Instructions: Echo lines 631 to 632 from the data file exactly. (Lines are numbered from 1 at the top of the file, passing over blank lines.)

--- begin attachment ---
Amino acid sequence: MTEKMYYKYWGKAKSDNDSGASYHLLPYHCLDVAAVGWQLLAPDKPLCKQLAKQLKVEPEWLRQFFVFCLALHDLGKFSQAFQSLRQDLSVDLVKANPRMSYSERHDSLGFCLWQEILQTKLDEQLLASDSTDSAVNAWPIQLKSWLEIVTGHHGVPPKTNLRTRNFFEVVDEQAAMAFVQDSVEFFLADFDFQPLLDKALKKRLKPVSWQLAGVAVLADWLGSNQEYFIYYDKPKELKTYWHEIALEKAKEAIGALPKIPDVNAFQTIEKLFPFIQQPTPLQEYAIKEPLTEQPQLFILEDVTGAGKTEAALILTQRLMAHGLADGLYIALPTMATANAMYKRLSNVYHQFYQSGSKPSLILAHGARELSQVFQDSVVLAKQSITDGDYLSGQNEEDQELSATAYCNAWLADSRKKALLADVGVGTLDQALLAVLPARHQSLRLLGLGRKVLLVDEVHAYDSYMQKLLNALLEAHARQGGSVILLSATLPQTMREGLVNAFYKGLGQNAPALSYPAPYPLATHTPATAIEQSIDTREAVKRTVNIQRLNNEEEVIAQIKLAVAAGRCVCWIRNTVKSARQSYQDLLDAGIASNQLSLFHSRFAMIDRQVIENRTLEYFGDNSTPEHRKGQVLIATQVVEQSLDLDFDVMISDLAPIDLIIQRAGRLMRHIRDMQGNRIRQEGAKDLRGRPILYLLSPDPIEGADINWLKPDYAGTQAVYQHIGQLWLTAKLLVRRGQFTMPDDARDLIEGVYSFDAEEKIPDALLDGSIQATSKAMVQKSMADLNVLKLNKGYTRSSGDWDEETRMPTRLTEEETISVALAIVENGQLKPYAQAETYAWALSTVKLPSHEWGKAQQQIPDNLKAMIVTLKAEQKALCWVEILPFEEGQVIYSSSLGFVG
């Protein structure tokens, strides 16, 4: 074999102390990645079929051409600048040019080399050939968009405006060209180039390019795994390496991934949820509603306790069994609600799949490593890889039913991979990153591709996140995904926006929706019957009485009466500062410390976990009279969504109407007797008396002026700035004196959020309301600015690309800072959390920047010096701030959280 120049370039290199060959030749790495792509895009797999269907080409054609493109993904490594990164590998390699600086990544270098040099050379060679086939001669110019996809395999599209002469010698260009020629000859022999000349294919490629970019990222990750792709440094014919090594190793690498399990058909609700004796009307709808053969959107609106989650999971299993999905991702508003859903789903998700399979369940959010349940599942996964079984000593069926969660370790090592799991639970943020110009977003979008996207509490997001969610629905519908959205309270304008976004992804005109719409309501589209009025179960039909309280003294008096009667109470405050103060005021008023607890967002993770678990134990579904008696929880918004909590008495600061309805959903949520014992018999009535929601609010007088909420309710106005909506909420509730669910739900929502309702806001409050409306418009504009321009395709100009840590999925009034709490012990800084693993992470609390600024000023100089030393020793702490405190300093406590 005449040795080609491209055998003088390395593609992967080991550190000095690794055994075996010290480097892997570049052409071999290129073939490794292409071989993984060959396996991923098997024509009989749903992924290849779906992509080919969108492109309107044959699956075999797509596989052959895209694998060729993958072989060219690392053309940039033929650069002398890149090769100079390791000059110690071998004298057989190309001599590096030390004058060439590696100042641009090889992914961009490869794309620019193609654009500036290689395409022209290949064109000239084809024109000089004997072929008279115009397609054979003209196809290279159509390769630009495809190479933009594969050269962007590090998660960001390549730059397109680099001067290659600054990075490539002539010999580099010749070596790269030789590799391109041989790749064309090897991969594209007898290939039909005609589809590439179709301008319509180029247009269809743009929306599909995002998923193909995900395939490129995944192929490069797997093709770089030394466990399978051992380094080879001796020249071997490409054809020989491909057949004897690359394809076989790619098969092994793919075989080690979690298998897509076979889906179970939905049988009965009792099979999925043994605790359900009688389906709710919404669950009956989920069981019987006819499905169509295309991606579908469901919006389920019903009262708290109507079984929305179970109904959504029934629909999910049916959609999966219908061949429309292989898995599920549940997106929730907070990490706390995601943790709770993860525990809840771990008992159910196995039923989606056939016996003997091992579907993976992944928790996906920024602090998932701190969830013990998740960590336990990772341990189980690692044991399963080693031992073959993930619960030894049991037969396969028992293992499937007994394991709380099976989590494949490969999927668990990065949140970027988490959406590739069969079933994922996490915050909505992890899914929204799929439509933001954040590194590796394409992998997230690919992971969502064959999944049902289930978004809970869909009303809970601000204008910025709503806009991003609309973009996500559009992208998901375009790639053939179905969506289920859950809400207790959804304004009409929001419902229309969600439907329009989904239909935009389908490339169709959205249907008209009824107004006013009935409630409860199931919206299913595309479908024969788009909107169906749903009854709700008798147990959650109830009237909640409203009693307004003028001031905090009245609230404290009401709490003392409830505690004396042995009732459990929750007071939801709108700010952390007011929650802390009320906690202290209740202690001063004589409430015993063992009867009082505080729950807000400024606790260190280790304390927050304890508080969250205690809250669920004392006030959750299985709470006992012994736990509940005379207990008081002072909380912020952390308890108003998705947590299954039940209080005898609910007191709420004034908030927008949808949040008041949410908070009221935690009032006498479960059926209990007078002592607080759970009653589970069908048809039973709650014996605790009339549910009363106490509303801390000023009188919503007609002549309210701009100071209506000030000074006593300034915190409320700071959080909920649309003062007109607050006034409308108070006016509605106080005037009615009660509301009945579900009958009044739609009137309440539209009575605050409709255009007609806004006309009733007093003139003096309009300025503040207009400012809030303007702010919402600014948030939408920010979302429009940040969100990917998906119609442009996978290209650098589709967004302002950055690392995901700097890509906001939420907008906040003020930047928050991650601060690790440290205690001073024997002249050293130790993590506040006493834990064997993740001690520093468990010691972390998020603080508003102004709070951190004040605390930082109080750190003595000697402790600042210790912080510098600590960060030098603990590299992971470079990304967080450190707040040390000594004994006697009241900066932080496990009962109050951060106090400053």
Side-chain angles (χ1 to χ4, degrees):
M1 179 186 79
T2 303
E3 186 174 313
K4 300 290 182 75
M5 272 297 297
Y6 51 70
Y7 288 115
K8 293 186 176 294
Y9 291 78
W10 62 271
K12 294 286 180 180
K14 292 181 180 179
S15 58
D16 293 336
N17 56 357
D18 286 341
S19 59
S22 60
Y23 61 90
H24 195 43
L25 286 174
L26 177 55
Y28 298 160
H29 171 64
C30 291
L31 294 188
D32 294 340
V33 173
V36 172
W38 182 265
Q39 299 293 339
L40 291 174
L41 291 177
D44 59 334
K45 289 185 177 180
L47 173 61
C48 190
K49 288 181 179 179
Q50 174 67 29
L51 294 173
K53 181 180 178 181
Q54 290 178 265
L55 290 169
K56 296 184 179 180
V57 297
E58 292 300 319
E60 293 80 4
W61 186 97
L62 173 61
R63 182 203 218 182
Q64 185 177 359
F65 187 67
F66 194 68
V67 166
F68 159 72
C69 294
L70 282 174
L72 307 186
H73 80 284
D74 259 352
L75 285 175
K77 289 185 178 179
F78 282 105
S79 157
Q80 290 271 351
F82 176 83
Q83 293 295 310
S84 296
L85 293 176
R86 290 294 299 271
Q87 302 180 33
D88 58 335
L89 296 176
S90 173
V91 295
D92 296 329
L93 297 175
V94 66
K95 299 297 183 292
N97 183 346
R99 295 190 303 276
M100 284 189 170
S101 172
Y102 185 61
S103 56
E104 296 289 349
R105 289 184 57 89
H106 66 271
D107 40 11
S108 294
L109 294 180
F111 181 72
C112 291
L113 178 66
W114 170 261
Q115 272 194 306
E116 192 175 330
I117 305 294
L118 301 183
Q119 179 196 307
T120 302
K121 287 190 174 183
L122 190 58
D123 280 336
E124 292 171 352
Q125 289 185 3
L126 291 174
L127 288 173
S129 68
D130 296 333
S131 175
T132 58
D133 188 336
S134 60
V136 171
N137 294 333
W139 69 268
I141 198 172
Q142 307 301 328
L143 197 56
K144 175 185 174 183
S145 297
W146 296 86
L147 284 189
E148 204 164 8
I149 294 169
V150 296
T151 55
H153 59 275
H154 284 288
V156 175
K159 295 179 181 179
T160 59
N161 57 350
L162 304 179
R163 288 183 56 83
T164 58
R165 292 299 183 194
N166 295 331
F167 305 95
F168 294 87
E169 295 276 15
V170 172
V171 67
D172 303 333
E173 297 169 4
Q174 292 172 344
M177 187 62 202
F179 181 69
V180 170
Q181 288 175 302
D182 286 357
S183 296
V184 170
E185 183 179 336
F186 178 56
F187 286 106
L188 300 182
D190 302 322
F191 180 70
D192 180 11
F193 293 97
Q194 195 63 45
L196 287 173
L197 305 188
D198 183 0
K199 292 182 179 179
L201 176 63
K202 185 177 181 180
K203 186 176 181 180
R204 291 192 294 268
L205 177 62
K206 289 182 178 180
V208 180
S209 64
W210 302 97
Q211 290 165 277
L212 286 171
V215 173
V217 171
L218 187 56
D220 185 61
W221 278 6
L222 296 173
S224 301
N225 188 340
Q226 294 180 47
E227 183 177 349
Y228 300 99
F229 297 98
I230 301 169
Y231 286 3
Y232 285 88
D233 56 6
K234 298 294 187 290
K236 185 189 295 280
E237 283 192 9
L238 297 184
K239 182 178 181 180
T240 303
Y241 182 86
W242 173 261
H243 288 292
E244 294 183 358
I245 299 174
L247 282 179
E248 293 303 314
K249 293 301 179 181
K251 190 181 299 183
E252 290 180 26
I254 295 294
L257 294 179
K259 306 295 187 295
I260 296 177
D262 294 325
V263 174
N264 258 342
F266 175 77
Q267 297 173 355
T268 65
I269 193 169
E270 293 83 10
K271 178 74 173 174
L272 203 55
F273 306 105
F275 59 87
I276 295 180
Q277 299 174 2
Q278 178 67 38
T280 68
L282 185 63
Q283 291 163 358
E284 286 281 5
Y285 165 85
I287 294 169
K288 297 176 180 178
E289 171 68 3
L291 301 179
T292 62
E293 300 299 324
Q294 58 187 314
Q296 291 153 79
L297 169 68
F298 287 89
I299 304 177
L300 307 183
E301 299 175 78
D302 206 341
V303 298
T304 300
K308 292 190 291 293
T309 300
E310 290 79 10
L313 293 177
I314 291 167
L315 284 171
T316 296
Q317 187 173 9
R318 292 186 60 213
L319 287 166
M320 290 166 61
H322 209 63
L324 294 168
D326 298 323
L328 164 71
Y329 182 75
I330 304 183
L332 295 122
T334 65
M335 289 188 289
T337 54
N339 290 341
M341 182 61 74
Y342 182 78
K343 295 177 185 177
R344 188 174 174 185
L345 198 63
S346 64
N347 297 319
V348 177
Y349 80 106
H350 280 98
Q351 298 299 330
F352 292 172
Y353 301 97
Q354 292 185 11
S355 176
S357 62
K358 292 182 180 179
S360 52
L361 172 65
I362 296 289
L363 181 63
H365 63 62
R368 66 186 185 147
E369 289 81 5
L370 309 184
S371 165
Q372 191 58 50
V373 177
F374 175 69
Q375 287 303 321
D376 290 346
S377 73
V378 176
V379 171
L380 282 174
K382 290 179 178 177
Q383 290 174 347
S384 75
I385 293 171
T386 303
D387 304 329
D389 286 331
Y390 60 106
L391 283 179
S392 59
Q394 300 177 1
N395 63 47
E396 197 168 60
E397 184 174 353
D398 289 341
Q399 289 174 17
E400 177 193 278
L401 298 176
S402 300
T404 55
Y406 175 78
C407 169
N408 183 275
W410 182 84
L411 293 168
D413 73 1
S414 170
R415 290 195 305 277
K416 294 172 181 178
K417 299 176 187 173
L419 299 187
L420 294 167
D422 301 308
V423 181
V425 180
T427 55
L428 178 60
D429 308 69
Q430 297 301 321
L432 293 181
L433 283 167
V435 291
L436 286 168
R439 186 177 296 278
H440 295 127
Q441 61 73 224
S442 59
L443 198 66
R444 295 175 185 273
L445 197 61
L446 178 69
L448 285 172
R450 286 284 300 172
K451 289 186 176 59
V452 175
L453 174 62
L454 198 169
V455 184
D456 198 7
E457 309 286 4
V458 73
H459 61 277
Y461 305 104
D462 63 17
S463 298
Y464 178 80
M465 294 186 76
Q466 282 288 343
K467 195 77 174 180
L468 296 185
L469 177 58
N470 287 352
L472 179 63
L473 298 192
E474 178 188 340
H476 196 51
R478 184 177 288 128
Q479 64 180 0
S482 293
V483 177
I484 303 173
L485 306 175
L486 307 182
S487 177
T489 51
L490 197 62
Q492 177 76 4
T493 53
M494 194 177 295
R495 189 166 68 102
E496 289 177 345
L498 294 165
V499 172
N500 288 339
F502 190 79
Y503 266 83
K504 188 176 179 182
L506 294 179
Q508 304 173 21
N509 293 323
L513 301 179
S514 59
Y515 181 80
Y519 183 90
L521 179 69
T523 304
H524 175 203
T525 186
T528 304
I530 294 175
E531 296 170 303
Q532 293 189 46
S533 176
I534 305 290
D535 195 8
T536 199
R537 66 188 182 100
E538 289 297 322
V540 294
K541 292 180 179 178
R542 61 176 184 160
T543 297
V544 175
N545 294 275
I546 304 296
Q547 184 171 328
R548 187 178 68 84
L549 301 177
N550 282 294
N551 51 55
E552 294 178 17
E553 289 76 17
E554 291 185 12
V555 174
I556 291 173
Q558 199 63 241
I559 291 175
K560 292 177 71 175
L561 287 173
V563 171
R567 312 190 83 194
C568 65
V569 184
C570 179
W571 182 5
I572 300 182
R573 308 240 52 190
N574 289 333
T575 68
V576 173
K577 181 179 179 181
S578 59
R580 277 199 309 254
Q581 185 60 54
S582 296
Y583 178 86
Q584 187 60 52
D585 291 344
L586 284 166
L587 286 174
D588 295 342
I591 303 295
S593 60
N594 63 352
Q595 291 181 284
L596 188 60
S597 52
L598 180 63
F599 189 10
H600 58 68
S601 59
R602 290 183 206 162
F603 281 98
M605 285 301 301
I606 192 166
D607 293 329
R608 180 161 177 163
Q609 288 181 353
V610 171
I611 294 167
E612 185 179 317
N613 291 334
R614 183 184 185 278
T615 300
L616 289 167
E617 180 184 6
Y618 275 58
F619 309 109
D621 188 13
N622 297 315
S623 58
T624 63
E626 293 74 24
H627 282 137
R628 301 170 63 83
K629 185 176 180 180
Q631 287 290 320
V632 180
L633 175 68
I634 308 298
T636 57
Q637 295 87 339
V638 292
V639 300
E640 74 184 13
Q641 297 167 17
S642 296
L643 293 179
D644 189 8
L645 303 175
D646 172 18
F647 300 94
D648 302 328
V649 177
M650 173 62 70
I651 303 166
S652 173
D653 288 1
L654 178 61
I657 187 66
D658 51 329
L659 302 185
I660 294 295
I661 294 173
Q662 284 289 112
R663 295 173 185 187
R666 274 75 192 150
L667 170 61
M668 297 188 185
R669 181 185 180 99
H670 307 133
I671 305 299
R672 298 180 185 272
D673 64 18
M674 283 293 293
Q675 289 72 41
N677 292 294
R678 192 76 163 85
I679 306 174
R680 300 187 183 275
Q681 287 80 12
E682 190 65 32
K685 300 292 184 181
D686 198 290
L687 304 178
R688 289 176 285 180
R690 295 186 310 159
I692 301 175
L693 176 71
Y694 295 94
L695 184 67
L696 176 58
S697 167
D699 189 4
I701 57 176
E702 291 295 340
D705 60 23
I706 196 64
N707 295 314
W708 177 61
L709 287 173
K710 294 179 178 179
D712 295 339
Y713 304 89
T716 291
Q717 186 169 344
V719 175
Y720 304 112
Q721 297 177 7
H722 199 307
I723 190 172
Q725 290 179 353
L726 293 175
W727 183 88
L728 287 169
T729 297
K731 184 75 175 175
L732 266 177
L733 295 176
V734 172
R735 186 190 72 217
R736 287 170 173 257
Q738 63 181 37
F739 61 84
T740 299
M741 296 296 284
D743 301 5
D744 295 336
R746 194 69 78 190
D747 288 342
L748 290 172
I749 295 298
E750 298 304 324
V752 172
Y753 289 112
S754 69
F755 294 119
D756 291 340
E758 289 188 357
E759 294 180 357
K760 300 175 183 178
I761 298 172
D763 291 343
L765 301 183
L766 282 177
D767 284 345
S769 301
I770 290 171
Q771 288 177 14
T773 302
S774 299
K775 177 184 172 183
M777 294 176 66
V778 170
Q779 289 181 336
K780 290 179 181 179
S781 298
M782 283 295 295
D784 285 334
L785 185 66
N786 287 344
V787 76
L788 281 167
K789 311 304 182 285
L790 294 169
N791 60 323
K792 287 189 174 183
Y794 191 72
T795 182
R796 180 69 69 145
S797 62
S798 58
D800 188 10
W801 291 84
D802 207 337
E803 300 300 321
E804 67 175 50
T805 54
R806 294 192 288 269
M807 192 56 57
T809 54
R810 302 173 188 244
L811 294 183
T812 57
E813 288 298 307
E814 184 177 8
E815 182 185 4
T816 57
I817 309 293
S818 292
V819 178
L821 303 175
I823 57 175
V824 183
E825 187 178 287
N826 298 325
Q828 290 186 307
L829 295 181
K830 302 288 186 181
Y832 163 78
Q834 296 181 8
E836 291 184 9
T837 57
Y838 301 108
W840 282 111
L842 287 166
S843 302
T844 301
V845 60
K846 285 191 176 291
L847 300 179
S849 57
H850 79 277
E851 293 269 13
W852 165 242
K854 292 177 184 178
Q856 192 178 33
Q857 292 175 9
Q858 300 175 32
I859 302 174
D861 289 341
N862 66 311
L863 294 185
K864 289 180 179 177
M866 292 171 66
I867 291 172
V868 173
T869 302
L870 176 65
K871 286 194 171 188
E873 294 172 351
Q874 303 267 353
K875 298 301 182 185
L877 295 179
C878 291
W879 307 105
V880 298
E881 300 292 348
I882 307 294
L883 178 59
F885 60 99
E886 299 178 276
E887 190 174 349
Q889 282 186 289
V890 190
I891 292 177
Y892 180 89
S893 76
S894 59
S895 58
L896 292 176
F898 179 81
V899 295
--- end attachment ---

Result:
N786 287 344
V787 76